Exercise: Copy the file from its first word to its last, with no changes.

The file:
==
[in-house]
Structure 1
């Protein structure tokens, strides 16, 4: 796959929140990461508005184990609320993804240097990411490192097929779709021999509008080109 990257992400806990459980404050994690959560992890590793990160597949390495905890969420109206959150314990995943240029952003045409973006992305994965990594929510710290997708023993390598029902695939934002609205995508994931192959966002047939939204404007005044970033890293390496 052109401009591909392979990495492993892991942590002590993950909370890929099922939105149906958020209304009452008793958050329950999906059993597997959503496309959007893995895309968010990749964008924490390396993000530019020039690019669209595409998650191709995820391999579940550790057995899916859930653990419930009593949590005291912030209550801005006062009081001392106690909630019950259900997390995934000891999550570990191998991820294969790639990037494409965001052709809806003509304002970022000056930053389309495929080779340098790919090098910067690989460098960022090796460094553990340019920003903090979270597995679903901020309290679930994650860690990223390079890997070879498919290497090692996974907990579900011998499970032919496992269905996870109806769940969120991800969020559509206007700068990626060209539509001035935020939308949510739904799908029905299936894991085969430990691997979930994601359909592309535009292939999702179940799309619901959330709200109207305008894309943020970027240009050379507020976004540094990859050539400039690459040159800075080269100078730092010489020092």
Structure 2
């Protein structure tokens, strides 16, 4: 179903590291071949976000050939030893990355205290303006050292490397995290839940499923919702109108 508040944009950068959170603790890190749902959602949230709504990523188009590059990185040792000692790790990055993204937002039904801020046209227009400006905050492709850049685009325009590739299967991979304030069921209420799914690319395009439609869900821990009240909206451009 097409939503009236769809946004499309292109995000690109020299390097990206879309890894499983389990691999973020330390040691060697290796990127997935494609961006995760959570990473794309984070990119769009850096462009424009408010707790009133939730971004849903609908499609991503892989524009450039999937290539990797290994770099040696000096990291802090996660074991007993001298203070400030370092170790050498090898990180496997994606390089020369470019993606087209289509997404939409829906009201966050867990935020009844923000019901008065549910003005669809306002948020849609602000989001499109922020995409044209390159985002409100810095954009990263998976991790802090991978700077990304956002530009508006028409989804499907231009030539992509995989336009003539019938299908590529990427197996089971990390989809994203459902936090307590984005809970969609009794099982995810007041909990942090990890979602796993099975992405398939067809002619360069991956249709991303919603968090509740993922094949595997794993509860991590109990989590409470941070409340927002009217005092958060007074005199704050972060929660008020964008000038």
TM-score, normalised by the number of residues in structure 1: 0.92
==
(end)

[in-house]
Structure 1
């Protein structure tokens, strides 16, 4: 796959929140990461508005184990609320993804240097990411490192097929779709021999509008080109 990257992400806990459980404050994690959560992890590793990160597949390495905890969420109206959150314990995943240029952003045409973006992305994965990594929510710290997708023993390598029902695939934002609205995508994931192959966002047939939204404007005044970033890293390496 052109401009591909392979990495492993892991942590002590993950909370890929099922939105149906958020209304009452008793958050329950999906059993597997959503496309959007893995895309968010990749964008924490390396993000530019020039690019669209595409998650191709995820391999579940550790057995899916859930653990419930009593949590005291912030209550801005006062009081001392106690909630019950259900997390995934000891999550570990191998991820294969790639990037494409965001052709809806003509304002970022000056930053389309495929080779340098790919090098910067690989460098960022090796460094553990340019920003903090979270597995679903901020309290679930994650860690990223390079890997070879498919290497090692996974907990579900011998499970032919496992269905996870109806769940969120991800969020559509206007700068990626060209539509001035935020939308949510739904799908029905299936894991085969430990691997979930994601359909592309535009292939999702179940799309619901959330709200109207305008894309943020970027240009050379507020976004540094990859050539400039690459040159800075080269100078730092010489020092």
Structure 2
């Protein structure tokens, strides 16, 4: 179903590291071949976000050939030893990355205290303006050292490397995290839940499923919702109108 508040944009950068959170603790890190749902959602949230709504990523188009590059990185040792000692790790990055993204937002039904801020046209227009400006905050492709850049685009325009590739299967991979304030069921209420799914690319395009439609869900821990009240909206451009 097409939503009236769809946004499309292109995000690109020299390097990206879309890894499983389990691999973020330390040691060697290796990127997935494609961006995760959570990473794309984070990119769009850096462009424009408010707790009133939730971004849903609908499609991503892989524009450039999937290539990797290994770099040696000096990291802090996660074991007993001298203070400030370092170790050498090898990180496997994606390089020369470019993606087209289509997404939409829906009201966050867990935020009844923000019901008065549910003005669809306002948020849609602000989001499109922020995409044209390159985002409100810095954009990263998976991790802090991978700077990304956002530009508006028409989804499907231009030539992509995989336009003539019938299908590529990427197996089971990390989809994203459902936090307590984005809970969609009794099982995810007041909990942090990890979602796993099975992405398939067809002619360069991956249709991303919603968090509740993922094949595997794993509860991590109990989590409470941070409340927002009217005092958060007074005199704050972060929660008020964008000038």
TM-score, normalised by the number of residues in structure 1: 0.92